Media influence and pressure has gone completely wild in the past ten years. This influence has reached every home in the USA. Media is now in the form of electronic communication, plugged into our children by TV and radio of course, but even more personally by computer, iPod, and cell phones. As a parent you have an obligation to show respect to your teen while at the same time monitoring electronic communication. Keep cell phones charged in the kitchen, have lap tops used in community rooms, keep TV’s out of bedrooms, and get involved with the music your child has on his/her iPod – hook it up to speakers. Get funky and dance, have a good time and be silly.

Keeping these “personal” electronics as public as possible helps to monitor without being overly intrusive. As your teen changes so does his/her friends. When things are topsyturvy for your child and their friends have changed or vanished, be a good listener, and share from your own past some of your own teenage problems. It helps to know that you as a parent were susceptible as well. This can lead your child to be able to come to you when in distress.

Education tracks have shifted recently. In the past they were geared to put kids in college-bound programs or vocational programs. Now they are set up to help you and your child find the hidden talent in your child. These can be great ways to help your child blossom and develop. However remember, you are the parent and will know and understand more about your child- even when they are a teenager, than any test will be able to. Use these as guidelines; not set in stone paths to follow.

I have saved drugs, sex, alcohol, and shoplifting for last. These seem to be the biggest concerns that involved parents have. There are those who believe these experimentations are a normal part of growing up. But they are not biologically programmed. You need to be sure about your desires and opinions. Use soft words for your strong arguments. Let your teens know what you will and will not accept. Be frank and honest. Let them understand the consequences of breeching your trust. Put it in writing. Teens are amazing at understanding what they want to understand and changing what they heard. Tell them you are treating them with adult respect. Adults use written agreements, statements, and contracts in every conceivable context.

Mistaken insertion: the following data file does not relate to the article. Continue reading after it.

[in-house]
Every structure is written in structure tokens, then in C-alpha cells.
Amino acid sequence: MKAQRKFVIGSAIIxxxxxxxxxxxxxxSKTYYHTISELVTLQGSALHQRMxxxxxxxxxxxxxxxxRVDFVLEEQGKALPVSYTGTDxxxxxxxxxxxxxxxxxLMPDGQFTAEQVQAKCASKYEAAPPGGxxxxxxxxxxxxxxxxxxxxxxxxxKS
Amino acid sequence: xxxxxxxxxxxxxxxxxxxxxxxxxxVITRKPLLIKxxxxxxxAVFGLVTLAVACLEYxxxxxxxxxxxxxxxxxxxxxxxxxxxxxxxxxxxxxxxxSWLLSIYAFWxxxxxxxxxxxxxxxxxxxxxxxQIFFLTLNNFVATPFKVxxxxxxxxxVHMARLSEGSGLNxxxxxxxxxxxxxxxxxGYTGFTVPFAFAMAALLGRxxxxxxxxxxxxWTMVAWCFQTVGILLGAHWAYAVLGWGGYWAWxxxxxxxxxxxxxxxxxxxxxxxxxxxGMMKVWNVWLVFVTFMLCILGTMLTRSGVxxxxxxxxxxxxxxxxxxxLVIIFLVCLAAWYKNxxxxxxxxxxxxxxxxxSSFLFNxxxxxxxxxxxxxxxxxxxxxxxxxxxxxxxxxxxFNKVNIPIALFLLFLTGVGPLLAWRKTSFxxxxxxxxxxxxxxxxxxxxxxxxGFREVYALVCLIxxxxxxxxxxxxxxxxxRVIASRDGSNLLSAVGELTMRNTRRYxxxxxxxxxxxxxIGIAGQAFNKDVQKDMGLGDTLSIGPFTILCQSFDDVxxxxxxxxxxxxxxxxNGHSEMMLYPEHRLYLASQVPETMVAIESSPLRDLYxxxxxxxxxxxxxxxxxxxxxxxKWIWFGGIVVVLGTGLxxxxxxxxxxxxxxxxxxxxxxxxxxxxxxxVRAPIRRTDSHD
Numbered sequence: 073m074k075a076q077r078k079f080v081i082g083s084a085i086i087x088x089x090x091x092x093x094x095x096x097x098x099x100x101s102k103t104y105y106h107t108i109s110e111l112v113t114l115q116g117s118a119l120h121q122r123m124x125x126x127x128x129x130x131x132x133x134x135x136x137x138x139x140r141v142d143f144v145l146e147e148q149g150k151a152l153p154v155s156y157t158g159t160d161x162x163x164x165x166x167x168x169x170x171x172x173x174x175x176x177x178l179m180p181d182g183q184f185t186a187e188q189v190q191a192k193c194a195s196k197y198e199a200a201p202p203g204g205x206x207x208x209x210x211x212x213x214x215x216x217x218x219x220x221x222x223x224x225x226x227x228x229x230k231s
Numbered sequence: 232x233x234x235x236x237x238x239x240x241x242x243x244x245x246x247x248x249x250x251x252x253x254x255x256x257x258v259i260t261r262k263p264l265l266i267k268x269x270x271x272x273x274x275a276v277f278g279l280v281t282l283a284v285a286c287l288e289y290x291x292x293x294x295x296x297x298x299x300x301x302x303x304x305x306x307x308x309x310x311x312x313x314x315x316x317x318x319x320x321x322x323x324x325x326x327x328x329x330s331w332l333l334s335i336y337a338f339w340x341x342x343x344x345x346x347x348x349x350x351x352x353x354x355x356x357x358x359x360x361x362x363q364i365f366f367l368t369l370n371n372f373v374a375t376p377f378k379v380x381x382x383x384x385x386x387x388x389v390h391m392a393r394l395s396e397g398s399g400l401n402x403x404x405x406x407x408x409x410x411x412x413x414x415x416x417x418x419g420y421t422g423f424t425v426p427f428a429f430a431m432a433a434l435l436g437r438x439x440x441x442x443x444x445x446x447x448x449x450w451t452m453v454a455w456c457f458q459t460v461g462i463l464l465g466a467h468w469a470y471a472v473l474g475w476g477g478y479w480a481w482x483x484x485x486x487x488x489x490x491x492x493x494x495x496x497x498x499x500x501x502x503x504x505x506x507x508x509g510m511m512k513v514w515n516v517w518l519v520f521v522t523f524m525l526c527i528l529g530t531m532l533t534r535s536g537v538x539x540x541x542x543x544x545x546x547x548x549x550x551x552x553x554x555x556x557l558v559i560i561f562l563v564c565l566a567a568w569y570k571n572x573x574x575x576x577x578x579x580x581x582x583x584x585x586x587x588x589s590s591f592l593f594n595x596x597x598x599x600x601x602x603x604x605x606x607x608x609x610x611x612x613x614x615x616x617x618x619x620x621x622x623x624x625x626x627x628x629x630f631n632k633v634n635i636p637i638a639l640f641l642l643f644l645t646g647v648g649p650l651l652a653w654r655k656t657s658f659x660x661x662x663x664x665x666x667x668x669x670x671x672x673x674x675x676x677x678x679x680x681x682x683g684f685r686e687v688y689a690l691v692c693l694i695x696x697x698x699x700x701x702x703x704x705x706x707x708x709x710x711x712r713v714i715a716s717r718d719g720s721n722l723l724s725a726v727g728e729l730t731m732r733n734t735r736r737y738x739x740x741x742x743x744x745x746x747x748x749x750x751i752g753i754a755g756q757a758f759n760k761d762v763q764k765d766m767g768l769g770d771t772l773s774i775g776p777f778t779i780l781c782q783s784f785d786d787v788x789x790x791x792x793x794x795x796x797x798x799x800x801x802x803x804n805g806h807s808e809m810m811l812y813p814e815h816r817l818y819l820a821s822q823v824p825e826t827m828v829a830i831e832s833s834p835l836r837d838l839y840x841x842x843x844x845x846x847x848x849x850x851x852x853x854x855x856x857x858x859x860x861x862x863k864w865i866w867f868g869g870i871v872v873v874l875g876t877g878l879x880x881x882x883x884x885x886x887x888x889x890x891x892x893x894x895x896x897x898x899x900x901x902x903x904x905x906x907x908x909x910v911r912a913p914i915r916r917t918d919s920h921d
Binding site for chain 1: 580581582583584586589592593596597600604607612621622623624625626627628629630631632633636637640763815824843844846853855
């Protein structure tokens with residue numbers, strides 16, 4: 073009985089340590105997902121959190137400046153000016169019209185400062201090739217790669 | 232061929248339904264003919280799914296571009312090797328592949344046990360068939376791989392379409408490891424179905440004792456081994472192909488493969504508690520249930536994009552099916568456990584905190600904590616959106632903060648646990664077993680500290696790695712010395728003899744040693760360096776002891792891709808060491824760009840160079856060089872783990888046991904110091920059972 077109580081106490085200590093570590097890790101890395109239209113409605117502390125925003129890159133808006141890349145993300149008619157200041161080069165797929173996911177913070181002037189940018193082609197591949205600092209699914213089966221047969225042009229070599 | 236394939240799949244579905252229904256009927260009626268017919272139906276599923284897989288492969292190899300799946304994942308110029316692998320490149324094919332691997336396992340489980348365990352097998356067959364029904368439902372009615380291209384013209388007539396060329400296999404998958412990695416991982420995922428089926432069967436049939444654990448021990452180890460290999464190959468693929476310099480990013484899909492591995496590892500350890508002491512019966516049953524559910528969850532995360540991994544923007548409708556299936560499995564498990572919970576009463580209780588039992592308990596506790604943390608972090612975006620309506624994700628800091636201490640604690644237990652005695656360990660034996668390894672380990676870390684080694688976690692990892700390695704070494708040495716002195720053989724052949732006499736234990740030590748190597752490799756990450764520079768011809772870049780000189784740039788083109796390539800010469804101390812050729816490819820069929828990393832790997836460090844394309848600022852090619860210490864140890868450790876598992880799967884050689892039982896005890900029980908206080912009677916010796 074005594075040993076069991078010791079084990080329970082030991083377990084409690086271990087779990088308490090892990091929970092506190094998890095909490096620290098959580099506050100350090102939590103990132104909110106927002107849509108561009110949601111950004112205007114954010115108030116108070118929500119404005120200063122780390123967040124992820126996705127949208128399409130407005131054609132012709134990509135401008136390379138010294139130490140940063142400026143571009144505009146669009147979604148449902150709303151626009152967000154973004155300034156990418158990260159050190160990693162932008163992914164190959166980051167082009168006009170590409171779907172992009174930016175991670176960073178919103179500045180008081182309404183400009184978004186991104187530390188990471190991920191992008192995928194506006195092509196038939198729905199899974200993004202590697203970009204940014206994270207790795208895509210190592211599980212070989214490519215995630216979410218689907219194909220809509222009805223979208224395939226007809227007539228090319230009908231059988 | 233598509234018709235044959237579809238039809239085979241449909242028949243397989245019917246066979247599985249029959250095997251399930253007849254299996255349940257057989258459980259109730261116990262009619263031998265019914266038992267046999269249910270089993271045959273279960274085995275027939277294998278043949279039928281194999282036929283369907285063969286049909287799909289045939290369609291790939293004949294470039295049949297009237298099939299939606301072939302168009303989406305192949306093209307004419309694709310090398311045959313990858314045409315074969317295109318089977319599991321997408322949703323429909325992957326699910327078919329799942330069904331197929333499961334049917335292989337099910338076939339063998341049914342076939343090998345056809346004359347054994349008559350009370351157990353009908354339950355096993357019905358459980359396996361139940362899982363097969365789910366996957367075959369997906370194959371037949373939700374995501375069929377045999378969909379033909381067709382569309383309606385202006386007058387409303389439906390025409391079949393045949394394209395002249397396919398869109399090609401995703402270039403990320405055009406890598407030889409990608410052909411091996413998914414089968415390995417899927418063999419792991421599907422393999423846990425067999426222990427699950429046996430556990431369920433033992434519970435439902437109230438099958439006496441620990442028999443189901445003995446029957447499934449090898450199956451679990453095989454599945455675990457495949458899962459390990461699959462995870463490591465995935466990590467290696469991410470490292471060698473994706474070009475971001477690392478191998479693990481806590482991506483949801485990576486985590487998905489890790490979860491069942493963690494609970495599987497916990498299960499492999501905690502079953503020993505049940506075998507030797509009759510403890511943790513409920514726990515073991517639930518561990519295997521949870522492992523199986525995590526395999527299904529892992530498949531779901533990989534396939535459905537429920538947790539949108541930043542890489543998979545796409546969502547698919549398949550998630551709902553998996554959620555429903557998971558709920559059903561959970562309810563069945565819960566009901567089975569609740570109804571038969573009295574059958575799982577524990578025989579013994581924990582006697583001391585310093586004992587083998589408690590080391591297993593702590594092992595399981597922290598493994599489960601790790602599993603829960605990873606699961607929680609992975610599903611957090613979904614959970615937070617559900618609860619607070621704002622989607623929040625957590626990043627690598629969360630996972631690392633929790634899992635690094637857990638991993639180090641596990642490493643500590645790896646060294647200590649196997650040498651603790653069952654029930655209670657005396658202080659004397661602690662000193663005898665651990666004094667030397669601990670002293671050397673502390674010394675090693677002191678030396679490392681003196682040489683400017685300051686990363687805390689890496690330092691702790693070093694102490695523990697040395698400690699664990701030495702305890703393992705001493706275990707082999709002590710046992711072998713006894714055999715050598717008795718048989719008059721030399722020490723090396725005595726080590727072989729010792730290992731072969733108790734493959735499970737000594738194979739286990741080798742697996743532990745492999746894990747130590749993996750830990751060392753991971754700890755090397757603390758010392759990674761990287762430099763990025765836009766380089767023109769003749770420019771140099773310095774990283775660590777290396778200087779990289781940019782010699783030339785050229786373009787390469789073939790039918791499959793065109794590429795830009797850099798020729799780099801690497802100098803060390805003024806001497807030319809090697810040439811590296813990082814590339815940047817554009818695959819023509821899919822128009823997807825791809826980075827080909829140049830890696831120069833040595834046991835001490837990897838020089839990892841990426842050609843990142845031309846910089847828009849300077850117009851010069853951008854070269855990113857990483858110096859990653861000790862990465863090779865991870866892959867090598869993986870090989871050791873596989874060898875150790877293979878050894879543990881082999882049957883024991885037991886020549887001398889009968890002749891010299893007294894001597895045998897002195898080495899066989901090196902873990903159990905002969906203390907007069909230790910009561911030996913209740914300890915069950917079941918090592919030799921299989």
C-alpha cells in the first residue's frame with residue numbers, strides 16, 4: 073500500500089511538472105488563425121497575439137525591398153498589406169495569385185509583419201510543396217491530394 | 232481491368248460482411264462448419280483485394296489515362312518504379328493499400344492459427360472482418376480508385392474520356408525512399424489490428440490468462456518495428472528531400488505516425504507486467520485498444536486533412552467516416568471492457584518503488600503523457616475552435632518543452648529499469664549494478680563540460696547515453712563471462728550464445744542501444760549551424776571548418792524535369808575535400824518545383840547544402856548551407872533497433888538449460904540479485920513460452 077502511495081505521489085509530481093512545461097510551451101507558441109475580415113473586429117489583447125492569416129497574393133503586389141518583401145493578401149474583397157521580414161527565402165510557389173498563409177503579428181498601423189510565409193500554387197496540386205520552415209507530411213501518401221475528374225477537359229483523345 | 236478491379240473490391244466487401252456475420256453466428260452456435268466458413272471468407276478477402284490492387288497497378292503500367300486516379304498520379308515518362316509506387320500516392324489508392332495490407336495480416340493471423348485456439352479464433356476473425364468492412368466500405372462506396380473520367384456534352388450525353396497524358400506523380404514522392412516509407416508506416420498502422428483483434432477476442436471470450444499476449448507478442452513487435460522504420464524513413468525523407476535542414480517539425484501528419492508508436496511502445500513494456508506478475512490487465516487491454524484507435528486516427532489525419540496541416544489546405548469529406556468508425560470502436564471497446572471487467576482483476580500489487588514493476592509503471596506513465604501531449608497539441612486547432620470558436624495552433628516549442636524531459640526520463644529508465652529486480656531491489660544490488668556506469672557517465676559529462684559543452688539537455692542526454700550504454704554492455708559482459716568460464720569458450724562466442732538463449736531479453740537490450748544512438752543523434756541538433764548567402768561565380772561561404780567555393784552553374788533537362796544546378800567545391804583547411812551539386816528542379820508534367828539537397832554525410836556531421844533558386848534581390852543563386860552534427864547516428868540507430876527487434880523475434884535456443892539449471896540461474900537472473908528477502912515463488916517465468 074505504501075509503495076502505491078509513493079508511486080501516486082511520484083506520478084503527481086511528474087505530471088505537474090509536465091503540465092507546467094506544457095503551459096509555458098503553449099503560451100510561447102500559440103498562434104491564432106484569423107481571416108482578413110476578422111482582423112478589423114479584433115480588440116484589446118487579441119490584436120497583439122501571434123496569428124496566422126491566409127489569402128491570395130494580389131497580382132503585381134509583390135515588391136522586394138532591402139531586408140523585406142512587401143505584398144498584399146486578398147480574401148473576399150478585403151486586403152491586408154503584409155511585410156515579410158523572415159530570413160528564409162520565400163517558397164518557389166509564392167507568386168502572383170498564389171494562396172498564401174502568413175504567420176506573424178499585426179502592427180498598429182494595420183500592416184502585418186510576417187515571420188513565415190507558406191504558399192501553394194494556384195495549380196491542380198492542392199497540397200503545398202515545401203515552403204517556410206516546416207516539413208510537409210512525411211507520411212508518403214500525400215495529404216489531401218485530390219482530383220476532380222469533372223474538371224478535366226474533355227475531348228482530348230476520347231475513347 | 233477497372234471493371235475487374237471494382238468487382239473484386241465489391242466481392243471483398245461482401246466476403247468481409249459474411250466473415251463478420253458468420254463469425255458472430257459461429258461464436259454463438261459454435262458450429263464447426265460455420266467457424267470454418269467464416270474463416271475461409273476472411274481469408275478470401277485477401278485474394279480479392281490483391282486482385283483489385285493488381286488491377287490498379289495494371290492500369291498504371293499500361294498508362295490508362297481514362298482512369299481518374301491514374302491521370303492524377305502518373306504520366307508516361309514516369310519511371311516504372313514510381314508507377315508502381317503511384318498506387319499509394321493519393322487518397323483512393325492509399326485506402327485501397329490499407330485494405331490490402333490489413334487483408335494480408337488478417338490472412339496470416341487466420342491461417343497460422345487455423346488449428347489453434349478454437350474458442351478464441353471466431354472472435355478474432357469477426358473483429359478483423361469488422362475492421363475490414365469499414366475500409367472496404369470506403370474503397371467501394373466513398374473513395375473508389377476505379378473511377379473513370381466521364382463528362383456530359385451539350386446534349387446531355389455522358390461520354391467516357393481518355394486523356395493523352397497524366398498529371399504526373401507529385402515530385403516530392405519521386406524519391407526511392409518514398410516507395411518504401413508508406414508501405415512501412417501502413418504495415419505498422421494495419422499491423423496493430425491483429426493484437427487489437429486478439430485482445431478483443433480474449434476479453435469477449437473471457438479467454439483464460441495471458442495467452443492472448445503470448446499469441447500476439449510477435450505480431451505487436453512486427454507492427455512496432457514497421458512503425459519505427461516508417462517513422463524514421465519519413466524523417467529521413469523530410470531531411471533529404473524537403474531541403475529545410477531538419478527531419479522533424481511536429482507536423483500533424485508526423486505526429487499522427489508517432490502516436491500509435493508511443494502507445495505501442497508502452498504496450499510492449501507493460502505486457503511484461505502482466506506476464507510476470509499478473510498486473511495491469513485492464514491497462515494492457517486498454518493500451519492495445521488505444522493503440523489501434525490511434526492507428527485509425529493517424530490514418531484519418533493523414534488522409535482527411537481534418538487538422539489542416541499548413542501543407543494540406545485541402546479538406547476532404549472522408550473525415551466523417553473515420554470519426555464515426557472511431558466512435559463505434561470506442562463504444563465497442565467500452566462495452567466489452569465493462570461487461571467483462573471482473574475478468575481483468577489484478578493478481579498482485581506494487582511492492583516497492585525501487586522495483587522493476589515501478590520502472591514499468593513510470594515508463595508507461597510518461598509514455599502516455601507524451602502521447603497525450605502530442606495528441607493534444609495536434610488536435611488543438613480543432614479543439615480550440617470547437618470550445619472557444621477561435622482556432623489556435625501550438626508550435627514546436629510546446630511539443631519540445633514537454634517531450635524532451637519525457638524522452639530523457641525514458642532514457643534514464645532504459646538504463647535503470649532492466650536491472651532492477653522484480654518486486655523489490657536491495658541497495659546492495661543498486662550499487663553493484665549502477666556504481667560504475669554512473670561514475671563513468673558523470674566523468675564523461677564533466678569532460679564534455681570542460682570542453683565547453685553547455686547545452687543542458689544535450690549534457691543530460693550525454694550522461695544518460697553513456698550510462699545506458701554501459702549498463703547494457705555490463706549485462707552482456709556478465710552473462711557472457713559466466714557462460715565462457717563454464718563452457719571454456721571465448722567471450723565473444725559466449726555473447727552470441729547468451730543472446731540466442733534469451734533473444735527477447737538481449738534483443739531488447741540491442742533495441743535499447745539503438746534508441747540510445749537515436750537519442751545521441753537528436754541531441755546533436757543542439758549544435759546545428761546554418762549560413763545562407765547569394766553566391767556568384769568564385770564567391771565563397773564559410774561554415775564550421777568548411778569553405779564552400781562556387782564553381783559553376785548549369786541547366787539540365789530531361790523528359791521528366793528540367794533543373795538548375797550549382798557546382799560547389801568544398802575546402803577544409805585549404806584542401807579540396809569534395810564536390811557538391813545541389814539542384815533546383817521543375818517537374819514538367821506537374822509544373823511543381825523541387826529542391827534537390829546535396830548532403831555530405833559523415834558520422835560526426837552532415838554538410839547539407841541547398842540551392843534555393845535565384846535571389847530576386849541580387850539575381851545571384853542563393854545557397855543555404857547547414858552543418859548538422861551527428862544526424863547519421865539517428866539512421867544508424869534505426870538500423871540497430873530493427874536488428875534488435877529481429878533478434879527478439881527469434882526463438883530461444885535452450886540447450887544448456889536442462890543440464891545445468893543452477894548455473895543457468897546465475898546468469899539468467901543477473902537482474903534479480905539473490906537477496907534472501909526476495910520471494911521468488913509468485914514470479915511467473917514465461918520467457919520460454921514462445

As a parent you need to have both respect and concern for your teenager. It is a real tightrope act to balance freedom and limitations. I suggest being completely respectful to your teen. Use positive intervention rather than punishment whenever possible. Let your teen know that at this time of their life it is your responsibility to continue to nurture them. And it is your privilege to help them become a healthy, independent adult with an effervescent zest for life.



Grace E. Mauzy, M.A.
Founder of GEM Parenting
Grace E. Mauzy, MA works with overwhelmed, stressed parents having difficulty comfortably cope with parenting. Parents learn positive intervention utilizing strategies and tactics to develop high self-esteem in children. Grace is the founder of GEM Parenting – an online community dedicated to parenting with passion, purpose, and integrity.  ( Through Grace’s professional and personal life experiences, she has a unique ability to understand and empower parents to implement new parenting styles, allowing them to challenge themselves to break free of their destructive behaviors and attitudes. And raise their children with confidence, peace, and harmony. To learn more about her powerful speaking, coaching, and workshops, or to receive Grace’s motivating audio course “The 7 Deadly Mistakes Parents Make That Create Spoiled Brats – And How You Can Avoid Them!” visit or visit